Prediabetes & Prevention Rockport TX

The problem of prediabetes, defined as overly high blood sugar (a fasting glucose level of 100 to 125 milligrams per deciliter or a two-hour glucose reading of 140 to 99), isn't just that it's the stepping'stone to the full-blown disease.

Charles Ferguson
(361) 729-0646
1325 Broadway St
Rockport, TX
Specialty
Family Practice, Endocrinology, Emergency Medicine

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Sy Q Le, MD
(972) 506-9986
Irving, TX
Specialties
Obstetrics & Gynecology, Reproductive Endocrinology
Gender
Male
Languages
Spanish, Chinese, Vietnamese
Education
Medical School: Univ Of Tx Med Branch Galveston, Galveston Tx 77550
Graduation Year: 1988
Hospital
Hospital: Baylor Med Ctr At Irving, Irving, Tx; Las Colinas Med Ctr, Irving, Tx
Group Practice: Advanced Reproductive Care Ctr

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Stanley Jay Zimmerman, MD
(713) 797-9999
7707 Fannin St # SUITE250
Houston, TX
Specialties
Endocrinology, Diabetes, & Metabolism
Gender
Male
Education
Medical School: Univ Of Tx Southwestern Med Ctr At Dallas, Med Sch, Dallas Tx 75235
Graduation Year: 1955

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Michael John McPhaul
(214) 645-2868
5323 Harry Hines Blvd
Dallas, TX
Specialty
Endocrinology, Diabetes & Metabolism

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Walid Ali Saleh, MD
(908) 781-0666
7777 Forest Ln
Dallas, TX
Specialties
Obstetrics & Gynecology, Reproductive Endocrinology
Gender
Male
Education
Medical School: American Univ Of Beirut, Fac Of Med, Beirut, Lebanon
Graduation Year: 1987

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Igor Evan Matwijiw, MD
(281) 604-1300
250 Blossom St
Webster, TX
Business
Texas Gulf Coast Medical Group Webster
Specialties
Endocrinology, Diabetes & Metabolism

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Edgar G Benavides, MD
(281) 444-3187
17200 Red Oak Dr Ste 107
Houston, TX
Specialties
Endocrinology, Diabetes, & Metabolism
Gender
Male
Education
Medical School: Univ Del Valle, Div Of Cien De La Salud, Cali, Colombia
Graduation Year: 1959

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William G Karow, FACS MD
PO Box 310
Marlin, TX
Specialties
Endocrinology, Diabetes, & Metabolism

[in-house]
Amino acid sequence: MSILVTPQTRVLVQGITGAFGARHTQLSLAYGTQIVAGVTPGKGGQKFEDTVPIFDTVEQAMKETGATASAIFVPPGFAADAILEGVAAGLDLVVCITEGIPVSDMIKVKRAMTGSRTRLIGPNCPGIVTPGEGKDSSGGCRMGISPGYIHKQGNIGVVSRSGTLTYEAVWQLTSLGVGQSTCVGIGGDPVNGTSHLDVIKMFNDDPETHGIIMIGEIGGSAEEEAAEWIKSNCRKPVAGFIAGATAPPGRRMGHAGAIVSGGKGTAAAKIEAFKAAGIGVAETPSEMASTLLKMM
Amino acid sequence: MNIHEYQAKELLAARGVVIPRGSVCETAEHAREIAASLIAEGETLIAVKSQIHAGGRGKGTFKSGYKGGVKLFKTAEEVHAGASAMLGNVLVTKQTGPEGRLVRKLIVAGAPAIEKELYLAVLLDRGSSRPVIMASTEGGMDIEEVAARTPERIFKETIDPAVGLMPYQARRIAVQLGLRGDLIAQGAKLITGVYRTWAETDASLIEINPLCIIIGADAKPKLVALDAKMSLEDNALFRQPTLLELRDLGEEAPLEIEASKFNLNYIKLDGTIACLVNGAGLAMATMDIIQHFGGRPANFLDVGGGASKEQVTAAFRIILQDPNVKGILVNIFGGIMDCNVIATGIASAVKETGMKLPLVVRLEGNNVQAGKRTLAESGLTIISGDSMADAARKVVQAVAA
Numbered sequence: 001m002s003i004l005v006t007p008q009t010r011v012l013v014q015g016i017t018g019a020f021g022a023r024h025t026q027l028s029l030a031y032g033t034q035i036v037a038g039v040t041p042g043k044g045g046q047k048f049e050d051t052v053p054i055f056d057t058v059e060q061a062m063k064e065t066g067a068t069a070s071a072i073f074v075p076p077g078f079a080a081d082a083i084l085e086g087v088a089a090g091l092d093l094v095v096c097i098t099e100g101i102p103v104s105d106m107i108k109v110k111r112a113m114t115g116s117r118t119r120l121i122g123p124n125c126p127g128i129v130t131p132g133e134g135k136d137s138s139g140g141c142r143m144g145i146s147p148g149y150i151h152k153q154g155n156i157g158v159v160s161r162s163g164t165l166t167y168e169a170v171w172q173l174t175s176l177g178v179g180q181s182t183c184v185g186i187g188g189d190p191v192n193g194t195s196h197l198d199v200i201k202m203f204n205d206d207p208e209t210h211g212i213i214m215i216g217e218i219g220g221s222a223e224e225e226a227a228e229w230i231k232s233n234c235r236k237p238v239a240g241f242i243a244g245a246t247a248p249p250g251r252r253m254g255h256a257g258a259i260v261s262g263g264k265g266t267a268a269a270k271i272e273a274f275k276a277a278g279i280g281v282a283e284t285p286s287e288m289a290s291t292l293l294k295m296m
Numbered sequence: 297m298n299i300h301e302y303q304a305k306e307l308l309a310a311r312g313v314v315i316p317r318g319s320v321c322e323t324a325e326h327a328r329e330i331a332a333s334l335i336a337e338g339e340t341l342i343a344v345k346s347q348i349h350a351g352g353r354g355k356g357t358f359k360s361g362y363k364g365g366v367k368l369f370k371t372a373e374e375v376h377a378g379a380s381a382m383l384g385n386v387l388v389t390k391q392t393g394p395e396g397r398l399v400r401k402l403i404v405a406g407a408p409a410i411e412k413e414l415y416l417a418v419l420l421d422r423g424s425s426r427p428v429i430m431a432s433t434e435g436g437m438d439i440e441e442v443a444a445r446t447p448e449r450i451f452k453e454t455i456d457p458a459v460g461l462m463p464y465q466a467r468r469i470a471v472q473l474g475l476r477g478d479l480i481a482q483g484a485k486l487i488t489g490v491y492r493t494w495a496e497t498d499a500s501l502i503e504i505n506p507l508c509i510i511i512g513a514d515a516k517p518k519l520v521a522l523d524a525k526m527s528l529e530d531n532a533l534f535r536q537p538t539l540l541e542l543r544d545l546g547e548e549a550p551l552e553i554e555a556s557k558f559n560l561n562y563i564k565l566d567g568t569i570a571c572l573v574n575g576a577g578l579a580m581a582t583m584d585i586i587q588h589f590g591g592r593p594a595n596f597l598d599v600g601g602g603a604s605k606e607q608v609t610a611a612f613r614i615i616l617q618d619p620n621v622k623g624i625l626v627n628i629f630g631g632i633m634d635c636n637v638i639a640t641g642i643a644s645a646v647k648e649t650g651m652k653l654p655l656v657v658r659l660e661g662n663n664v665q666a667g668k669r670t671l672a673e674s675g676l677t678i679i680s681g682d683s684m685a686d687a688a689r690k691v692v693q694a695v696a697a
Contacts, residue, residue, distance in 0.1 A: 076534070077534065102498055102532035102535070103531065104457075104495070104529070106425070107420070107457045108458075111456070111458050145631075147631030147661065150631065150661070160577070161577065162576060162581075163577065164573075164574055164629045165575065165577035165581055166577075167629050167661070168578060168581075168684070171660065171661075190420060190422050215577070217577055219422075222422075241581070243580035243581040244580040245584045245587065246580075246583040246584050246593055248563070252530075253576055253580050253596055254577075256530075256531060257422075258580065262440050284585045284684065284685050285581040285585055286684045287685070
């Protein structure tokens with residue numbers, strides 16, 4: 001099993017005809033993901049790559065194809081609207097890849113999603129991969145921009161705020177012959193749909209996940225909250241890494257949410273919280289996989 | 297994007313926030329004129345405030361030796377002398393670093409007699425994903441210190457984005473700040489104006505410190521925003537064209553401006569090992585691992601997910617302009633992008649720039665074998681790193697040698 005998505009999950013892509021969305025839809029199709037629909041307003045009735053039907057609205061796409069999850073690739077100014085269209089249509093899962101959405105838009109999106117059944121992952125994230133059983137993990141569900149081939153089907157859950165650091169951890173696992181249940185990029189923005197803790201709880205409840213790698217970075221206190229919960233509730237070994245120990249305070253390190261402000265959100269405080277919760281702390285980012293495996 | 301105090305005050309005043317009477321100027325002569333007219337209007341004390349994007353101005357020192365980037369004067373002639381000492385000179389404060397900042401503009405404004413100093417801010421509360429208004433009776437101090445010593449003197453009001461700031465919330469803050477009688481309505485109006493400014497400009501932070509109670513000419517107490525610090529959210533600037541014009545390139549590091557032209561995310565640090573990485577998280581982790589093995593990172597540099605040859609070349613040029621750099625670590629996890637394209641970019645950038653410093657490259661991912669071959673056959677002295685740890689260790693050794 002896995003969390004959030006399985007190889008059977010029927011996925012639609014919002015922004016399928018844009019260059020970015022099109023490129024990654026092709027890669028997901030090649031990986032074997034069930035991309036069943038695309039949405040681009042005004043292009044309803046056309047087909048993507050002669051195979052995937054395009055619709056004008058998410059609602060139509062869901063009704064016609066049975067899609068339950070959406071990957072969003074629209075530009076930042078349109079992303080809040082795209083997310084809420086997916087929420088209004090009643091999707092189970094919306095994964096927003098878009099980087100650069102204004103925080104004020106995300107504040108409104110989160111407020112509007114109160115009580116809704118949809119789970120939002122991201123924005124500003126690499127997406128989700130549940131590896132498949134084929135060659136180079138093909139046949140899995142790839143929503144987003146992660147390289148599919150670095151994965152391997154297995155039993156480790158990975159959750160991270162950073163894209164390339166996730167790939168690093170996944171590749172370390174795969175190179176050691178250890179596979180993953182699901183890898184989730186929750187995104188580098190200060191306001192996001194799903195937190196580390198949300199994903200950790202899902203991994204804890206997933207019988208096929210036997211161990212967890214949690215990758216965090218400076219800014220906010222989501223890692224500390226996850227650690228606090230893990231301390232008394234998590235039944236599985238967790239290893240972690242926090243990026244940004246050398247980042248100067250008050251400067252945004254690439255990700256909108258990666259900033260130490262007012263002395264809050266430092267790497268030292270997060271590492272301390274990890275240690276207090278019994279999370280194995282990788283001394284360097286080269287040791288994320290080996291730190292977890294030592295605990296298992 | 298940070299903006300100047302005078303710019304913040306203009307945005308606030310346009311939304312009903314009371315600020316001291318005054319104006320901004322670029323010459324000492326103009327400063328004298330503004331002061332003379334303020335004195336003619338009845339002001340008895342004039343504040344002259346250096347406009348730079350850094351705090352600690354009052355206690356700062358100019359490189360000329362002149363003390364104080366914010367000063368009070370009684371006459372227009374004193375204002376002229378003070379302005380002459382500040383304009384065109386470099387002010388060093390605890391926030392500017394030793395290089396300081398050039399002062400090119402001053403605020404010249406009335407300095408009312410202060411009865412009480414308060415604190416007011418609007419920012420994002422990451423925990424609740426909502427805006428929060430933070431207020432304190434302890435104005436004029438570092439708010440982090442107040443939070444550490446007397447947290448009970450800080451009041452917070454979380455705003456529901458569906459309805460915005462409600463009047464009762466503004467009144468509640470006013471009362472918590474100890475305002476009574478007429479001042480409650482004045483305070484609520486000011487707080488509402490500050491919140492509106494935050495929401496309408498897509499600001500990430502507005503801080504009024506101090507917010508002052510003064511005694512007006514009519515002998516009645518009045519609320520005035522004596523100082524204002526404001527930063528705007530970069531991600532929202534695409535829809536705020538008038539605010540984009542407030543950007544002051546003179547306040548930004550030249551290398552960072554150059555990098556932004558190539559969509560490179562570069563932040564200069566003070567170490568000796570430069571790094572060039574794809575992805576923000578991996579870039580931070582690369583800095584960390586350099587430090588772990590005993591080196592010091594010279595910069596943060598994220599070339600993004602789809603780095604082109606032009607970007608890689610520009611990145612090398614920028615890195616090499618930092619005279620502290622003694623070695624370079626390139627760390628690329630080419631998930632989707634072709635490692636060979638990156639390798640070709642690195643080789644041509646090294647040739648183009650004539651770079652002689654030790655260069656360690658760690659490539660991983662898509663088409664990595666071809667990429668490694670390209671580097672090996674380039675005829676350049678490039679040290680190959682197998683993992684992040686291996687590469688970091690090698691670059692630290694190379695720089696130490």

Gender
Male
Education
Graduation Year: 2007

Data Provided by:
Meera Amar
(254) 751-9777
333 Londonderry Drive Suite # 200
Waco, TX
Specialty
Endocrinology, Diabetes & Metabolism

Data Provided by:
Alan J Garber, MD, PHD, FACE
(713) 798-0230
1709 Dryden Rd Ste 1000
Houston, TX
Specialties
Endocrinology, Diabetes, & Metabolism
Gender
Male
Education
Medical School: Temple University: MD: 1968
Graduation Year: 1968

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Heal Thyself - Spotlight on Prediabetes

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By Christie Aschwanden

When Karen Bouse was in her late forties, a series of puzzling dizzy spells sent her to the doctor’s office. It turned out the dizziness was linked to stress, but the blood tests her doctor ordered yielded an unpleasant surprise—Bouse was prediabetic.

Like most of us, Bouse was well aware of the epidemic of diabetes that’s been wreaking havoc with the health of some 18 million Americans. But she was taken aback to learn that another 41 million of us suffer from prediabetes—a condition that’s risky in its own right—and that she was one of them.

The problem of prediabetes, defined as overly high blood sugar (a fasting glucose level of 100 to 125 milligrams per deciliter or a two-hour glucose reading of 140 to 99), isn’t just that it’s the stepping-stone to the full-blown disease. A study of more than a million people published last January found that just being prediabetic was linked to developing, and dying from, several types of cancer. “And simply having blood sugar levels in the prediabetic range puts people at 50 percent greater risk of heart disease or stroke,” says Massachusetts General Hospital dietitian Linda Delahanty, author of Beating Diabetes.

For Bouse, now 62, these statistics hit close to home. Her diabetic mother had her first heart attack at age 56 and died at 62. Among her five siblings, Bouse is the only one who hasn’t either developed diabetes or suffered a heart attack.

That’s largely because she was lucky enough to have gotten tested early—something more of us should be doing, says endocrinologist Robert Rizza, president-elect of the American Diabetes Association. Since prediabetes lurks silently, most people who have it don’t have a clue they’re in danger. If you’ve been steadily gaining weight that you can’t seem to shed, don’t exercise regularly, have a family history of diabetes, or are over 45, you should have your blood sugar checked, then rechecked every three to five years.

And if it’s high, what then? At least there’s one bright spot in this dreary picture: Prediabetes can be reversed, without resorting to medication. Here’s what you need to do.

Get moving
One of the simplest ways to move yourself out of the prediabetic category is to, well, move.

A landmark study published in the New England Journal of Medicine in 2002 showed that building even a little exercise into your day (along with dietary changes, more about which later) can substantially cut blood sugar levels.

The trial, known as the Diabetes Prevention Program (DPP), enrolled 3,234 prediabetic people to examine whether diabetes could be prevented. The participants were assigned to one of three groups. One took the diabetes drug metformin, another group got a placebo, and the third started exercising and tweaked their diets.

The results were so dramatic that researchers stopped the trial early so that everyone in the study could take up the lifestyle program. People in the diet and exercise group reduced their...

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